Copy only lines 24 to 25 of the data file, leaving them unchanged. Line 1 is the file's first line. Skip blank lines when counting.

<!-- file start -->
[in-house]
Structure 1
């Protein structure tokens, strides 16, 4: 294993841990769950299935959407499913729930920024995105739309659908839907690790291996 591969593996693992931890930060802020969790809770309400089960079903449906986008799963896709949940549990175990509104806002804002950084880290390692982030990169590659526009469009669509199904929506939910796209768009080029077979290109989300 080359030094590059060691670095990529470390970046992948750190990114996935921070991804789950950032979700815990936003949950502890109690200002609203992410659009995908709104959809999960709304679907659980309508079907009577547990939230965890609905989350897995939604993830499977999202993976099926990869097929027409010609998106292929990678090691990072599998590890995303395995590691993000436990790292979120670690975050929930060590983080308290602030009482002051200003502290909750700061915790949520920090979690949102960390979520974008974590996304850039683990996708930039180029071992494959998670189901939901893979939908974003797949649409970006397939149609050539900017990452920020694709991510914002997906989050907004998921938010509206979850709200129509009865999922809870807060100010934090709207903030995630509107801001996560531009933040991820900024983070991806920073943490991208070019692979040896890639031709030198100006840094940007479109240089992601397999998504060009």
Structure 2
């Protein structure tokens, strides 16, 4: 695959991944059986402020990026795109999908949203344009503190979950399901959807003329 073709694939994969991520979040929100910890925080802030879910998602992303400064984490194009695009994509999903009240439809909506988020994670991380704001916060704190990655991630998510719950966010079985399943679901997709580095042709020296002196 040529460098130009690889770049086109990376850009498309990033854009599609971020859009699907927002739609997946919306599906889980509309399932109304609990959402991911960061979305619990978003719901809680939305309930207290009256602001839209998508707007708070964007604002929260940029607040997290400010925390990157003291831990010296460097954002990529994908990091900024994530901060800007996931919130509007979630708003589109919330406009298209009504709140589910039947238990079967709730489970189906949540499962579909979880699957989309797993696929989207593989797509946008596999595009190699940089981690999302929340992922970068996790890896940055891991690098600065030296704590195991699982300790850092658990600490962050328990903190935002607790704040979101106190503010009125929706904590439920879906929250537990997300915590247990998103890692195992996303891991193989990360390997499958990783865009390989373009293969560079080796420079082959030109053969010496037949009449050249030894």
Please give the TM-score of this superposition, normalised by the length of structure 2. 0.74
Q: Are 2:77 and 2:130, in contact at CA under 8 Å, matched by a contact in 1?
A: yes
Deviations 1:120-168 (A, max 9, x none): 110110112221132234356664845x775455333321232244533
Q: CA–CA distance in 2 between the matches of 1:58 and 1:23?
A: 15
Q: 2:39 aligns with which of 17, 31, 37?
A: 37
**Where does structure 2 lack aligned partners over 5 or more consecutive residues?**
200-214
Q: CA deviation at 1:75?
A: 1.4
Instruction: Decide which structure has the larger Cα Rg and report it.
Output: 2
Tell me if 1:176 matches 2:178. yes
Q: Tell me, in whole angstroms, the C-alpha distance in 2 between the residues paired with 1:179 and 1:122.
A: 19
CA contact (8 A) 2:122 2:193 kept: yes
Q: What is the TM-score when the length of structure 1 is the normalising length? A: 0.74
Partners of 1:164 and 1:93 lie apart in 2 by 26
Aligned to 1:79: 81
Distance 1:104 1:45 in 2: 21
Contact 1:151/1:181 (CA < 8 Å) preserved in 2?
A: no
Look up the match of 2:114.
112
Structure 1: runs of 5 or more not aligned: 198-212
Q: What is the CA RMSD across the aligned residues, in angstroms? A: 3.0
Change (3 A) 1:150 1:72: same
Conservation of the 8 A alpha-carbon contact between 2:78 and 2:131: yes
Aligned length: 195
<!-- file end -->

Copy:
Q: What is the TM-score when the length of structure 1 is the normalising length? A: 0.74
Partners of 1:164 and 1:93 lie apart in 2 by 26